October 18, 2012
"Japanese buyers are not very bullish, so they are taking time to consider before buying, even though supply will be a little bit tighter," said Nobuyuki Chino, Tokyo-based president of Continental Rice Corp. Wednesday (Oct.17). Japan is the world's top corn importer.
Chino said that US corn prices are likely to remain at around US$7 a bushel until the end of the year, a level that is simply still too expensive for buyers. By holding out, buyers hope that the lull in demand would send prices down.
A senior company official at South Korea's largest animal feed miller, Nonghyup Feed Inc. concurred, "We are always waiting for lower prices and are waiting for an opportunity to buy at even better prices."
The official said that the company prefers to wait out the recent decline in corn prices as Nofi has already covered requirements up till February 2013, so it still has time to shop around.
Nofi has not decided when it will issue a fresh tender after it cancelled one last Friday (Oct.12) due to high futures prices.
On Tuesday (Oct.16), December corn futures on the Chicago Board of Trade rose US$0.01, or 0.1%, to S$7.38 1/4 a bushel after sharp declines in the previous two sessions. The grain has been pressured in recent weeks by concerns that high prices--which soared to a nominal all-time record of US$8.43 3/4 a bushel in August--have substantially cut into corn demand from foreign buyers, ethanol producers and livestock farmers.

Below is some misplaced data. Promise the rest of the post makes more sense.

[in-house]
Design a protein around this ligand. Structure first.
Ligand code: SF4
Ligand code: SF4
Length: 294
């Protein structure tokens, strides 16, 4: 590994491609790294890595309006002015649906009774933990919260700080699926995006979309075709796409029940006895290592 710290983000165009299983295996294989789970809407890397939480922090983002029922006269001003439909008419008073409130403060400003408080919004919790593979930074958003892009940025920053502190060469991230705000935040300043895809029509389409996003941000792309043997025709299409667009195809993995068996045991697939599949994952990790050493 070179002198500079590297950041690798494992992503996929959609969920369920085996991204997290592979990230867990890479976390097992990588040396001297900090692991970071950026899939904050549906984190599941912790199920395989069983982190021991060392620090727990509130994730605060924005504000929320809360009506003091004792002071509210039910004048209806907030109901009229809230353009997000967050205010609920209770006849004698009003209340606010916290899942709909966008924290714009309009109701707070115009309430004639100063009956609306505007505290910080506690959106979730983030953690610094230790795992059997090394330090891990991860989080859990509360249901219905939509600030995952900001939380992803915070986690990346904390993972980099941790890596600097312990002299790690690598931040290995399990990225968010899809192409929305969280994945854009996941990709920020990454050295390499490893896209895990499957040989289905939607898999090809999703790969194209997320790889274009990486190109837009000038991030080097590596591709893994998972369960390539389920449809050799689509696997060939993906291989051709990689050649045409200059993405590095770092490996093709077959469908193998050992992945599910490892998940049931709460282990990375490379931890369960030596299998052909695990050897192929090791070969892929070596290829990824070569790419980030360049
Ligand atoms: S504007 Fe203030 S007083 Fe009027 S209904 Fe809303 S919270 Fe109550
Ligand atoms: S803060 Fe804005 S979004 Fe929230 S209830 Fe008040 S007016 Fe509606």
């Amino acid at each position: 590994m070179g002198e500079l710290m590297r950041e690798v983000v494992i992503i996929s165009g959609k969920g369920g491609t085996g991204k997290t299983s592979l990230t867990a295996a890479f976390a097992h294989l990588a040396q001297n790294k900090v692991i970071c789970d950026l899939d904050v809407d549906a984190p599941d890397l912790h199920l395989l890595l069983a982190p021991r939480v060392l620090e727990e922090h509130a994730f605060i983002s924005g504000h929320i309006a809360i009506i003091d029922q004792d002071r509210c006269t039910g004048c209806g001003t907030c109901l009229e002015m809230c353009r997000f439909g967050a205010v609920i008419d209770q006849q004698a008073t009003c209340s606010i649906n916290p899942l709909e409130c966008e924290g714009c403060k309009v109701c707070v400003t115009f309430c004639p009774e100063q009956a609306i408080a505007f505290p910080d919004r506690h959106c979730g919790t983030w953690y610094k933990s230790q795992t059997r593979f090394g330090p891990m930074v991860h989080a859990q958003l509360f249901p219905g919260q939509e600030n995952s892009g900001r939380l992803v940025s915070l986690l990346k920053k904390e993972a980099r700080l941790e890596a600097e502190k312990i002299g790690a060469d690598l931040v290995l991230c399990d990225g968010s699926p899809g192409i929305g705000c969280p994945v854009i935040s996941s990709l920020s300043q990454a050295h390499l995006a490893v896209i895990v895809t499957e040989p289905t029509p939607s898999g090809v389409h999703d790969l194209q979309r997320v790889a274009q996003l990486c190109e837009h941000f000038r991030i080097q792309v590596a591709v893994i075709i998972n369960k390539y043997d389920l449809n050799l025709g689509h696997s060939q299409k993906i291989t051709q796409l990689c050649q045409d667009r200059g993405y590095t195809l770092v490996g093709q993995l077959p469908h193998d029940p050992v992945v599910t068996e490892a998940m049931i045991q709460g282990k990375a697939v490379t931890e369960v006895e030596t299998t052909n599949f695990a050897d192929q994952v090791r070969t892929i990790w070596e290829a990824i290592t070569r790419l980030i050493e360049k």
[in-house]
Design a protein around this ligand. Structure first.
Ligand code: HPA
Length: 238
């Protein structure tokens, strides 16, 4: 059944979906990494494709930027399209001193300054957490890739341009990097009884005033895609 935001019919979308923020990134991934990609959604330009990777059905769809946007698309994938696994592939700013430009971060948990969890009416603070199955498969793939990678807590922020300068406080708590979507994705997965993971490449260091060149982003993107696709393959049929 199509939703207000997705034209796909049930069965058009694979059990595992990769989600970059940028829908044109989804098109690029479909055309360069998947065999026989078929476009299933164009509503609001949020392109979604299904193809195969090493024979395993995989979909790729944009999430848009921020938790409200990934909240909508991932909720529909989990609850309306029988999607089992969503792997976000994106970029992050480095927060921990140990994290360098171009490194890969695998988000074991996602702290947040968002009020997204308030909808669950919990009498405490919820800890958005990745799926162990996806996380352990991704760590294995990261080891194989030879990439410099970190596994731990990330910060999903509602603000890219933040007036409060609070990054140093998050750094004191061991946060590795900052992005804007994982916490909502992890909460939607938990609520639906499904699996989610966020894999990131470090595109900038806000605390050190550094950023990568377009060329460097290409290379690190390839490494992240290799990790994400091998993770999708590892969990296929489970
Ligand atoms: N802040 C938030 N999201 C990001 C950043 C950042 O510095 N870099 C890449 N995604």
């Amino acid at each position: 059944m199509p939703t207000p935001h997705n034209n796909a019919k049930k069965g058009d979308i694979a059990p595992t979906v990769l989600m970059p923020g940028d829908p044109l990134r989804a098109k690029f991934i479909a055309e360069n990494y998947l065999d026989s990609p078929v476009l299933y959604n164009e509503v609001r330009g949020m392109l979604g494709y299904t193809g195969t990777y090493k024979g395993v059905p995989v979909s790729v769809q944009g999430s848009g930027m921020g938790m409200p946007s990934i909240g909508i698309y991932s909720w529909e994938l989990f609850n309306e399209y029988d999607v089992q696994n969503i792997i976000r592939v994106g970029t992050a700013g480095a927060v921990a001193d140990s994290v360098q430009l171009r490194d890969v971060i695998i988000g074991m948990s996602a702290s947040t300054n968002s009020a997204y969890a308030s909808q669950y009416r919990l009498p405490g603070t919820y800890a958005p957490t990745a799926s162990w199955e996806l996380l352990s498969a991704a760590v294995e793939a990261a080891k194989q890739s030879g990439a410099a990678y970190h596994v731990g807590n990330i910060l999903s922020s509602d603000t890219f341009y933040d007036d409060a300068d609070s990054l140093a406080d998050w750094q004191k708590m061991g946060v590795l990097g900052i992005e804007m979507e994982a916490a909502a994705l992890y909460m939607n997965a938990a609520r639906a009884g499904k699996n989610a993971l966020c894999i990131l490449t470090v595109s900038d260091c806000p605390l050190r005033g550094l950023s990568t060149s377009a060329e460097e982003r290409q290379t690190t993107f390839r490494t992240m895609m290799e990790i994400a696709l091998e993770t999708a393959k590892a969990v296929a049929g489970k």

Still, corn's losses are limited as the USDA cut its forecasts for this crop year's corn harvest and for inventories of the grain on Thursday (Oct 17). US is the world's top corn exporter.
Furthermore, despite concerns about high prices, some buyers in Asia have started purchasing corn for shipment next year. Compound animal feed manufacturers in Japan have bought at least 250,000 tonnes of US and South American corn for shipment in the January-March period, trading executives said late Tuesday (Oct.16). Chino in Tokyo said most of the grain sold is for shipment in January.
There is also demand from other industries. Global conglomerate Coca-Cola Co., for one, is using more corn-based sweeteners in its products, a senior company executive said Tuesday (Oct.16).
"In most Coca-Cola products, there is a clear direction of shift toward use of high fructose corn syrup, which is cheaper than sugar," Michael Ferrari, director of global agricultural commodity risk management at the beverage giant told Dow Jones Newswires on the side lines of an agriculture conference here.